Wednesday, October 15, 2008

RIAA opposes motion to quash in State University of New York at Albany case, Arista v. Does 1-16

In Arista Records v. John Does 1-16, the case targeting students at the State University of New York at Albany, the RIAA has filed papers opposing the John Does' motion to quash.

Plaintiffs' Opposition

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Anonymous said...

Defendants’ motion to quash asks this Court to immunize them from liability for violating Plaintiffs’ copyrights.

No, Defendants have asked that the law be followed as written and that they not be dragged into extortion when you not only have no proof of any actual crimes against them. (Attempted Distribution is Not a Crime no matter how often you want to claim that it is.) Also they don't want to be dragged into extortion when your method of identification may identify ISP account holders or dorm room occupants, But Does Not identify the actual infringer sitting at the keyboard of an unknown computer during the time your agent Media Sentry conducted their illegal investigations.

Plaintiffs have gathered substantial evidence showing that the Defendants are significant copyright infringers.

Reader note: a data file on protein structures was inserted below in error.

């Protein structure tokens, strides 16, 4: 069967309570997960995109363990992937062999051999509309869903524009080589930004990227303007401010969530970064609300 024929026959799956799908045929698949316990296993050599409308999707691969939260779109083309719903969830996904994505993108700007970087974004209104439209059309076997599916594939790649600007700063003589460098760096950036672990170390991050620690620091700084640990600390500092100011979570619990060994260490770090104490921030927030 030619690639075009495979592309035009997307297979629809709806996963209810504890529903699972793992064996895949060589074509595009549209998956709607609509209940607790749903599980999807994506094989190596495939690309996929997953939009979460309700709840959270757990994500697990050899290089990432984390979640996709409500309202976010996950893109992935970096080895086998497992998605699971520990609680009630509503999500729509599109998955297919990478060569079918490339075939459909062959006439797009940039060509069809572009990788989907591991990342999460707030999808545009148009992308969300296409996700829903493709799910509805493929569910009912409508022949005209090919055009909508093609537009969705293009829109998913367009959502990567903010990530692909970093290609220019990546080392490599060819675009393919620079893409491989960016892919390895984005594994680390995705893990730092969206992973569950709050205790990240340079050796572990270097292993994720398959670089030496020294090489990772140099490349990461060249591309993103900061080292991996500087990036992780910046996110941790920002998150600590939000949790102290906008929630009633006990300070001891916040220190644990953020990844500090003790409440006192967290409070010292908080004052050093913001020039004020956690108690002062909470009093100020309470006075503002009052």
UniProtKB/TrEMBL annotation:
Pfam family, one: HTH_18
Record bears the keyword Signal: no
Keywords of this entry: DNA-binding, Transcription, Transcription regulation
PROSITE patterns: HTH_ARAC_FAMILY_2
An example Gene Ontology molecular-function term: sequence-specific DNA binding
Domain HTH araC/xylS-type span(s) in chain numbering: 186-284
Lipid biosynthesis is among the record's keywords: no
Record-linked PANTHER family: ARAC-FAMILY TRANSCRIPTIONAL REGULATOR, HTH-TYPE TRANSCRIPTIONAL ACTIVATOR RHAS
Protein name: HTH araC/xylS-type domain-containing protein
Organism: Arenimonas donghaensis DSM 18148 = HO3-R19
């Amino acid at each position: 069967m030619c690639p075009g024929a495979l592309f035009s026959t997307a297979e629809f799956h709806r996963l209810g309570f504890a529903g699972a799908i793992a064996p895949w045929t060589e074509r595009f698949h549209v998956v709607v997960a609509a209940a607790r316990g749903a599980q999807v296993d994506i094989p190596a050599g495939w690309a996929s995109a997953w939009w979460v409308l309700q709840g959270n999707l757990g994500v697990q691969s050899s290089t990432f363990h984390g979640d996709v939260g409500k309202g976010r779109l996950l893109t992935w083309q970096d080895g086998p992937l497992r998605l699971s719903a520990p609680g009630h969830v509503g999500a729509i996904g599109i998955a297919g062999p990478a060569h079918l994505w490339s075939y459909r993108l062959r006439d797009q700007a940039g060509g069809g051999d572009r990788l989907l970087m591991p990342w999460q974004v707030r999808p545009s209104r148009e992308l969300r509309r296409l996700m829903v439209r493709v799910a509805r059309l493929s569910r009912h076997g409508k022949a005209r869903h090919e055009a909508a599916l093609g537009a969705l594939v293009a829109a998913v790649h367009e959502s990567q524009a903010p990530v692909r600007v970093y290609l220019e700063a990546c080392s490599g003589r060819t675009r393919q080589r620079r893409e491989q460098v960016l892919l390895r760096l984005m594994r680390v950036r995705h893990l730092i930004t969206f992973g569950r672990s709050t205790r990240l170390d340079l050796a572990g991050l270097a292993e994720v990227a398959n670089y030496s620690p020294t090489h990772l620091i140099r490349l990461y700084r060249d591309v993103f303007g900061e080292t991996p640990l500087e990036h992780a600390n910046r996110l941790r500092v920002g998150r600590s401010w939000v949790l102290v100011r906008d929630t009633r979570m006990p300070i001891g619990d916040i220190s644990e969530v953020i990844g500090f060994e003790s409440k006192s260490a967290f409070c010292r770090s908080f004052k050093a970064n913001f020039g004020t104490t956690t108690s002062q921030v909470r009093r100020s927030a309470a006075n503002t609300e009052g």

Where is this evidence then that ties directly to people you haven't even identified yet? You've certainly not presented any of it in *any* of your cases so far.

If the Court were to grant Defendants’ Motion, this case
would be over before it began.

As well it should be when you have no evidence to start with.

Defendants are wrong because the First Amendment does not protect copyright infringement.

I wasn't aware that the First Amendment was so detailed in what it protected and what it excluded from its protection.

Additionally, even if Defendants had some minimal First Amendment interest, it is substantially outweighed by Plaintiffs’ interest in pursuing copyright infringement.

Only because we say so.

Specifically, Defendants seek to exclude evidence obtained by MediaSentry because MediaSentry allegedly failed to register as a private investigator in New York.

Allegedly you say? Don't you know that they don't have a NY PI license? Everyone else knows this.

MediaSentry’s work retrieved only information that Defendants placed into the public domain

The Public Domain you say? Aren't you the people who insist that the Public Domain doesn't even exist? And how can Defendants put something into the Public Domain if it's not theirs to put in there? And if they did put it in the Public Domain, doesn't that mean that it is no longer copyrighted? After all, it is a Transformative Work in so much as someone took your obviously bulky filled with unnecessary fluff files and transcoded them down to their core essence.